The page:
When we got the call that Mayor Bloomberg wanted to do a press conference announcing New York City’s LINK initiative to provide job skills training for low-income New Yorkers—programs like Digital Career Path, run by Opportunities for a Better Tomorrow (OBT) and The LAMP–we were pretty excited. Not just because the LINK initiative is good news for everyone in New York, but because the Mayor’s office wanted to have the press conference at OBT in Williamsburg. This meant bringing cameras and reporters directly to the site of a fantastic organization and attracting focus to our joint efforts in bringing skills training for disconnected youth to launch careers in the media and technology sectors.
Since we’re in the business of skepticism about media, we didn’t go into the press conference with overly high hopes for program recognition. Still, it stings when a press conference is called about creating economic opportunity, and the news coverage that comes from it focuses solely on the Mayor’s comments about Rupert Murdoch’s Twitter habits and what he has to say in response to NRA President Wayne LaPierre’s comments one day prior on NBC’s Meet the Press. I’d read before about Mayor Bloomberg being mildly combative towards journalists in press conferences, but from the example I saw on Monday, his attitude is totally warranted. Reporters asked asinine questions such as what historical figure the Mayor would want to be his successor, and asked the Mayor to respond to comments by anonymous sources. The irony was too rich when one reporter asked for his thoughts on anti-Semitic tweets sent by EMS workers, and Mayor Bloomberg responded with a rant on how people need to be more thoughtful about what they post on social media. Skills like these are exactly what OBT and The LAMP teach in the program he just discussed, but of course mayoral sound bites are no match for substantial discussion relevant to the occasion.
None of this is out of character for Mayor Bloomberg, who, for all his philanthropic efforts, is not known as a cuddly teddy bear-type. Press conferences are an opportunity for the press to ultimately ask him about whatever they want, and then they are obliged to report on whatever they think will sell papers or draw clicks. Major news outlet headlines from this presser included “Don’t be a twit: mayor”, “Did Mayor Bloomberg Warn Rupert Murdoch to ‘Stop Twittering?’”, “Bloomberg Thinks Murdoch’s Twitter Account is a Bad Idea”, “Bloomberg on ‘twittering’: Why?”, “Bloomberg Plays Social Media Guru”, “Bloomberg bringing money muscle to gun reform crusade”. The lone on-topic headline comes from the Economic Development Corporation’s blog: “New ‘LINK’ Initiative Connects Low-Income New Yorkers with Economic Opportunities.”
The experience also serves as a heavy reminder of who controls the news we receive. When Mayor Bloomberg calls a press conference, we, the public, only hear what the media report back, regardless of pertinence to our daily lives. If you want to attempt to get at the heart of why everyone gathered at OBT on Monday in the first place, you must proactively seek out the Mayor’s press release, which is itself a single-faceted rock of information. One could also watch the video on YouTube, but from my estimation it appears that at least half of it has been cut.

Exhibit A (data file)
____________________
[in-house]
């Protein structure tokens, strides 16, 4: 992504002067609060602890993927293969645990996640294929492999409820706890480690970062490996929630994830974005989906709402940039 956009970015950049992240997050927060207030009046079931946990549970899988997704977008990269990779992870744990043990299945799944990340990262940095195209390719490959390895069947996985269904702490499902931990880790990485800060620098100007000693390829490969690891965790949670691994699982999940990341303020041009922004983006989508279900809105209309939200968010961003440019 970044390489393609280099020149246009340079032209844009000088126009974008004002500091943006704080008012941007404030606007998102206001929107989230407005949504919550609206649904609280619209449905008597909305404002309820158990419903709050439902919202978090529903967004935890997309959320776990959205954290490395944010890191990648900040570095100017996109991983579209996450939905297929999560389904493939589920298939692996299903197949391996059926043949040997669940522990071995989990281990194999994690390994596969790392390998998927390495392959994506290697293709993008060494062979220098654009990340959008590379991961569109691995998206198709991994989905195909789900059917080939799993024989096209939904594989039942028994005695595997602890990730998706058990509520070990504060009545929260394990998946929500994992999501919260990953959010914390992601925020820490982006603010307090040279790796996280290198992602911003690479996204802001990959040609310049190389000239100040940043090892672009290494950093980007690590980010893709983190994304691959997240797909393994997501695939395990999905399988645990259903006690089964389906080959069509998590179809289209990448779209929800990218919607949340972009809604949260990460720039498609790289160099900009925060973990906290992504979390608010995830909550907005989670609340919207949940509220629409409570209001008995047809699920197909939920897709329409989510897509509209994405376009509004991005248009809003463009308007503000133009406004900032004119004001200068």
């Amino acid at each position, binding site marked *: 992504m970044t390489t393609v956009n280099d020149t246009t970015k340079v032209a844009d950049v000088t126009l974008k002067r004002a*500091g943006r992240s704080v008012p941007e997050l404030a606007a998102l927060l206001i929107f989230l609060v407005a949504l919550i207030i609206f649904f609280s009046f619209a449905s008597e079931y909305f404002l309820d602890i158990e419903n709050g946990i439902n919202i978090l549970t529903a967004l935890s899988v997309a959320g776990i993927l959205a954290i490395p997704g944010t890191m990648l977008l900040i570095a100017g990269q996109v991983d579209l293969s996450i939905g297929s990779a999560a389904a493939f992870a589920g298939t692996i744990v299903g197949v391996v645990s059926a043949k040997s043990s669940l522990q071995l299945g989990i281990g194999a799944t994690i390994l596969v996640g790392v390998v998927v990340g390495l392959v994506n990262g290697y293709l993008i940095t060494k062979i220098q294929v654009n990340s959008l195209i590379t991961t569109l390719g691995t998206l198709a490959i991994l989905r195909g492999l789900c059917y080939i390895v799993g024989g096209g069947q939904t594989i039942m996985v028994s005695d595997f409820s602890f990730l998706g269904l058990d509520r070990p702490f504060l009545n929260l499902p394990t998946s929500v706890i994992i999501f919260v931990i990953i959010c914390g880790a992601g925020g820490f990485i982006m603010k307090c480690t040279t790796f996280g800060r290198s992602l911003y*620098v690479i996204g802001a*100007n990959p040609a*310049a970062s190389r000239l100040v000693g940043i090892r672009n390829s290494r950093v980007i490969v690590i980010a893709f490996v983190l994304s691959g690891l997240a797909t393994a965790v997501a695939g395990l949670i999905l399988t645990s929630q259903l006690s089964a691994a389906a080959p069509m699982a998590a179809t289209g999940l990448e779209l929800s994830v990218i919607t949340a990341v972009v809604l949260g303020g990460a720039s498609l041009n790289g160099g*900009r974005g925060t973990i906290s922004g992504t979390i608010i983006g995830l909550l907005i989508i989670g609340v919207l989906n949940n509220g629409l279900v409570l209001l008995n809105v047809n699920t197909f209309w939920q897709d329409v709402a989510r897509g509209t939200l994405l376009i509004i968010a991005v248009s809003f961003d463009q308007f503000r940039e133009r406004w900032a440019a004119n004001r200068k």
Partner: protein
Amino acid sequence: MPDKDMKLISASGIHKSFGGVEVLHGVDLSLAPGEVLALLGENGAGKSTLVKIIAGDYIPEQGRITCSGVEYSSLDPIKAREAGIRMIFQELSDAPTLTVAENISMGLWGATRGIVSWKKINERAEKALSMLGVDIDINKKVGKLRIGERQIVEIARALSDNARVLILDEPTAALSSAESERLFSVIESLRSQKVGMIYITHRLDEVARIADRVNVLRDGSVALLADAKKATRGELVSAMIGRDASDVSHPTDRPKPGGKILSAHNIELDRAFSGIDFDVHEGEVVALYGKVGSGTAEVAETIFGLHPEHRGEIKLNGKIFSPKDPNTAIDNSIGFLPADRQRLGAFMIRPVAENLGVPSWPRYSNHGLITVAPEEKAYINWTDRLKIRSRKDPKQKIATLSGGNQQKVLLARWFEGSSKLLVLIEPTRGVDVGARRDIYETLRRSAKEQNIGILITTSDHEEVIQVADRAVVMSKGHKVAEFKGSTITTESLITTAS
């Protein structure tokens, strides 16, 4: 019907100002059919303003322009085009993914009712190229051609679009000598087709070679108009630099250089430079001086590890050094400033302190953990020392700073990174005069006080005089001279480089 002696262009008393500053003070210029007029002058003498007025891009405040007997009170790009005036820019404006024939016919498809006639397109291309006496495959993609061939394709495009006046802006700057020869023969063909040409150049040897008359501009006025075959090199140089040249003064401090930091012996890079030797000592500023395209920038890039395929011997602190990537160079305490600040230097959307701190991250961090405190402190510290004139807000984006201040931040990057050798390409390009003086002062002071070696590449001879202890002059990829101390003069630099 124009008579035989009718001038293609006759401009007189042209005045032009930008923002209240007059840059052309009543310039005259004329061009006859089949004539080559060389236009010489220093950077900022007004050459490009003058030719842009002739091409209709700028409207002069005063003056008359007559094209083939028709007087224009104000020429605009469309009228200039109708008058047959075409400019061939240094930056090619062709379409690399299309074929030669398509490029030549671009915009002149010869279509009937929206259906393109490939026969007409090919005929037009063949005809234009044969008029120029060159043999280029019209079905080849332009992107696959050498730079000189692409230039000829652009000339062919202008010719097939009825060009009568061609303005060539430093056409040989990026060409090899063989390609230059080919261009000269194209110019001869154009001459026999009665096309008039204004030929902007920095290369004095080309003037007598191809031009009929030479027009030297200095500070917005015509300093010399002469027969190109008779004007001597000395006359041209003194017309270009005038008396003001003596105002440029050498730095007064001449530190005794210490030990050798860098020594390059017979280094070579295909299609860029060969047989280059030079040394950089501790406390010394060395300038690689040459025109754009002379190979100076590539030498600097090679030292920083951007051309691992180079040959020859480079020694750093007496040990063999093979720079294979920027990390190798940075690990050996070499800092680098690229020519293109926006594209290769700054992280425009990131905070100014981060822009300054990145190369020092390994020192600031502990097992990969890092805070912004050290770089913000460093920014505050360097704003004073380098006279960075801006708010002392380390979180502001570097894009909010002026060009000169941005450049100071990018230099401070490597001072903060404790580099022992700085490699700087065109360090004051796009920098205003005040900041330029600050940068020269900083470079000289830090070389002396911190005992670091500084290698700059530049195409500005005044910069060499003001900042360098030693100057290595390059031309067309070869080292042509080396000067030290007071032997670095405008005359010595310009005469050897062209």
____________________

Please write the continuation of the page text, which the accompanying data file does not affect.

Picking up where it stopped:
I’m thankful that the press can report on whatever it wants, and is free from Mayoral dictates on content. Plus, news is a business, and money must be made. But the whole experience is a sad, swift kick to the head for anyone—like me, I admit—who thought that the resulting coverage from a press conference about job training might just center around job training, and that the press might act on a responsibility to inform readers about things that matter. Eight programs were mentioned, of which Digital Career Path is just one, and all are run by hardworking non-profiteers. I’ll speak for myself in saying that I don’t need front-page articles about The LAMP to motivate me to get up in the morning, but the boost does help on some of the tougher days; we all work hard and none of us are in this for the money. It’s also disappointing when good work and ambitious students are nothing more than a crutch for sound bites having no possible impact on the lives of anyone but the men like Bloomberg, LaPierre and Murdoch who offer up those quotes. The students in our program face some pretty serious obstacles on the road to economic independence and fulfilling careers, and the more students who learn of these programs, the more we can help them to overcome these obstacles. Acknowledgment of student success and programs for positive change should never fall at the mercy of tabloid fodder.
As it turns out, though, what happens in a Mayor Bloomberg press conference stays in a Mayor Bloomberg press conference.